The Federal Trade Commission isn’t happy with the outcome of Microsoft’s $68.7 billion acquisition of Activision Blizzard, telling a court on Wednesday that Microsoft’s recent layoffs contradict promises it made to get the merger approved.
In a letter to the clerk of the Ninth Circuit Court of Appeals, the FTC criticized Microsoft for the layoff of 1,900 workers in January, which represented about 8% of its gaming division. The layoffs largely affected employees at Activision Blizzard. The antitrust regulator explained that the layoffs were “inconsistent with Microsoft’s suggestion to this Court that the two companies will operate independently post-merger.”
“As we move forward in 2024, the leadership of Microsoft Gaming and Activision Blizzard is committed to aligning on a strategy and an execution plan with a sustainable cost structure that will support the whole of our growing business,” Microsoft Gaming chief Phil Spencer said in a memo announcing the layoffs in January. “Together, we’ve set priorities, identified areas of overlap, and ensured that we’re all aligned on the best opportunities for growth.”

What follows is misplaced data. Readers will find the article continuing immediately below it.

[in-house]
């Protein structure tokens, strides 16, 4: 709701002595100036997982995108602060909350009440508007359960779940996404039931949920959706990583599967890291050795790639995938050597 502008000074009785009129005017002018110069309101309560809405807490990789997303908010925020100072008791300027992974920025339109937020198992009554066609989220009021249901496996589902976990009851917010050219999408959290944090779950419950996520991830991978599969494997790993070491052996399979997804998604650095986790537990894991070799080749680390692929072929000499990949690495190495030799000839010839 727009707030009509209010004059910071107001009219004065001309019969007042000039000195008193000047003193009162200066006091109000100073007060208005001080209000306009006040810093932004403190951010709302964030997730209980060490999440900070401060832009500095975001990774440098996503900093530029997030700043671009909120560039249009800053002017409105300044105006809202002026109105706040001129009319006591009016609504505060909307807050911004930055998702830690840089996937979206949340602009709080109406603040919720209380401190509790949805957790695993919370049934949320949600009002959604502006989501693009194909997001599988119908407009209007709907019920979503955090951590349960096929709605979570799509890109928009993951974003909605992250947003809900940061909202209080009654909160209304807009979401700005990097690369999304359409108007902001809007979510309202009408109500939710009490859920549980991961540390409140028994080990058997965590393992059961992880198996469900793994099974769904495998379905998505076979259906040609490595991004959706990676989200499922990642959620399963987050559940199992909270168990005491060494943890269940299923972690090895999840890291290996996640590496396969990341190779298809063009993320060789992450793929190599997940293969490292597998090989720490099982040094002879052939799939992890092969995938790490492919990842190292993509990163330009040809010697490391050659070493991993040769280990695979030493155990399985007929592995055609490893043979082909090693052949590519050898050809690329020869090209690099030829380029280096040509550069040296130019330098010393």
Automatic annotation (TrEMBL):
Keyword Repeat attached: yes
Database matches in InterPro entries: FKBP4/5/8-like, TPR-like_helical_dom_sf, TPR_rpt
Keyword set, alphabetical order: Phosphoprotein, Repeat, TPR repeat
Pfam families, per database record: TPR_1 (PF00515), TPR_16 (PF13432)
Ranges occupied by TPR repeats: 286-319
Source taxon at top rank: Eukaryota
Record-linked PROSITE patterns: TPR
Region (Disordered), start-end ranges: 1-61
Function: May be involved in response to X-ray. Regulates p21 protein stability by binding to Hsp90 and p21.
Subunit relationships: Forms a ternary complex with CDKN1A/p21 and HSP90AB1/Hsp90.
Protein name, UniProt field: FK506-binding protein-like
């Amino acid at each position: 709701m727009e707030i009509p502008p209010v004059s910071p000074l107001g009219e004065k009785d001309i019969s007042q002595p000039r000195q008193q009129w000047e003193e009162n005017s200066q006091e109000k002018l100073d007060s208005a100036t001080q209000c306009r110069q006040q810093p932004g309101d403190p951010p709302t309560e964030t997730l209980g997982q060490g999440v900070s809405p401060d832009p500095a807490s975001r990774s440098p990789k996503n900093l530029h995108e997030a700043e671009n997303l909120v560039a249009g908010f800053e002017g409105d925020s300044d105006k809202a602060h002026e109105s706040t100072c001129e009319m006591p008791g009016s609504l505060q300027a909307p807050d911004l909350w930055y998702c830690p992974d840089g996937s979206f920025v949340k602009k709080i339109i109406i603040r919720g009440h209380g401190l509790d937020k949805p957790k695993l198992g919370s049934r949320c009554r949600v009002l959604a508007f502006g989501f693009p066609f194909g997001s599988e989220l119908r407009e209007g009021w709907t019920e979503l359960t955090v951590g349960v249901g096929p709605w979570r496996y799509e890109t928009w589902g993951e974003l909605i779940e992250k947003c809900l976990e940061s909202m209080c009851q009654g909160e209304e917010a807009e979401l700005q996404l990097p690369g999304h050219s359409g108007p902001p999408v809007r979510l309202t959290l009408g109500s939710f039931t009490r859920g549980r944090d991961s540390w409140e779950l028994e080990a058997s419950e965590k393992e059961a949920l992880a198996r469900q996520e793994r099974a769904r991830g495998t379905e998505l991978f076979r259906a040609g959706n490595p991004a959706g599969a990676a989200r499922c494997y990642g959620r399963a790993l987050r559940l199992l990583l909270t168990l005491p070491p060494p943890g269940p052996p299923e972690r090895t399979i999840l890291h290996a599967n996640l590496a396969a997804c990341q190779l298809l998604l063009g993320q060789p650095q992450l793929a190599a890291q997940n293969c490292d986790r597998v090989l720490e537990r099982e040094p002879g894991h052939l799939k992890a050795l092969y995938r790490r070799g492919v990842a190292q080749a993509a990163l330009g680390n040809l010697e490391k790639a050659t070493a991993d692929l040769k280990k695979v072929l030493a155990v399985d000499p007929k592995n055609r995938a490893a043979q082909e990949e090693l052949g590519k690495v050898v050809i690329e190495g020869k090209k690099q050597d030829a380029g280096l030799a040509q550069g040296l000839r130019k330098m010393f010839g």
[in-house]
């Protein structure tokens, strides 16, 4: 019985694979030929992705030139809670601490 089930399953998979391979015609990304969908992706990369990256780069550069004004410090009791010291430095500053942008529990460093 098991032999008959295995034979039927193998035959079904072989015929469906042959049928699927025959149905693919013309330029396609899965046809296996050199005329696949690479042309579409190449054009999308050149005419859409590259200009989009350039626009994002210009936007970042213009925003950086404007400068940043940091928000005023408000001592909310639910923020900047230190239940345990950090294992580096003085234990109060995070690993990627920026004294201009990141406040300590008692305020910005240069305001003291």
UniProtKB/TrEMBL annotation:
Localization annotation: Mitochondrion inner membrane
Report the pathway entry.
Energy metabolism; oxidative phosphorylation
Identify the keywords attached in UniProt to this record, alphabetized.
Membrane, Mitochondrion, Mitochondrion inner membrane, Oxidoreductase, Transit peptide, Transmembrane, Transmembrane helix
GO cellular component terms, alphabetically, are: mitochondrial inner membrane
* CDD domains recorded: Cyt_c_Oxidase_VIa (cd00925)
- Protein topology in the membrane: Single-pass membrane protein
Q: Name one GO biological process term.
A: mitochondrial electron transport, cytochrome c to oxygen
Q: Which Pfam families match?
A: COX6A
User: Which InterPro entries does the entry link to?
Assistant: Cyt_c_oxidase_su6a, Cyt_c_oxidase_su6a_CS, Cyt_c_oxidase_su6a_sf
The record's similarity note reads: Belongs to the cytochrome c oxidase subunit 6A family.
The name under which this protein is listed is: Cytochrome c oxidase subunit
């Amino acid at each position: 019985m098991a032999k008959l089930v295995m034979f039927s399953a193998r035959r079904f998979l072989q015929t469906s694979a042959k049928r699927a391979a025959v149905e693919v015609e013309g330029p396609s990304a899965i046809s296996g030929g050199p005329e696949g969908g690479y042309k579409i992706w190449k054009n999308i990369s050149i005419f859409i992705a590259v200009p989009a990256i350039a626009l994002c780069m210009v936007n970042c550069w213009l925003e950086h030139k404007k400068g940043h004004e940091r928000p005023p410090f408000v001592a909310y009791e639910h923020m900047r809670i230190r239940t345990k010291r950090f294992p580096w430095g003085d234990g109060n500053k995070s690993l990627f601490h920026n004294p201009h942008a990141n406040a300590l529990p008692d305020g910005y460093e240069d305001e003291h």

The letter comes two weeks after Sen. Elizabeth Warren, D-Massachusetts, urged the FTC to maintain its firm stance against the merger.
“Just 3 months after @Microsoft’s merger with @Activision, 1,900 workers have lost their jobs. I warned that this deal would hurt workers,” Warren said in a Jan. 25 post on X, formerly known as Twitter. “The @FTC should keep up the fight to unwind this merger.”
Microsoft completed its acquisition of Activision Blizzard last October after a nearly two-year fight with regulators. The FTC still hasn’t given up on stopping the happy marriage, though. In December, it filed an appeal with the Ninth Circuit Court of Appeals to undo the merger, a possibility that many legal experts say is highly unlikely.
Given that it’s still fighting against the deal, the FTC concluded in its Wednesday letter that Microsoft’s layoffs of Activision Blizzard employees would make a divestiture harder should the regulator prevail.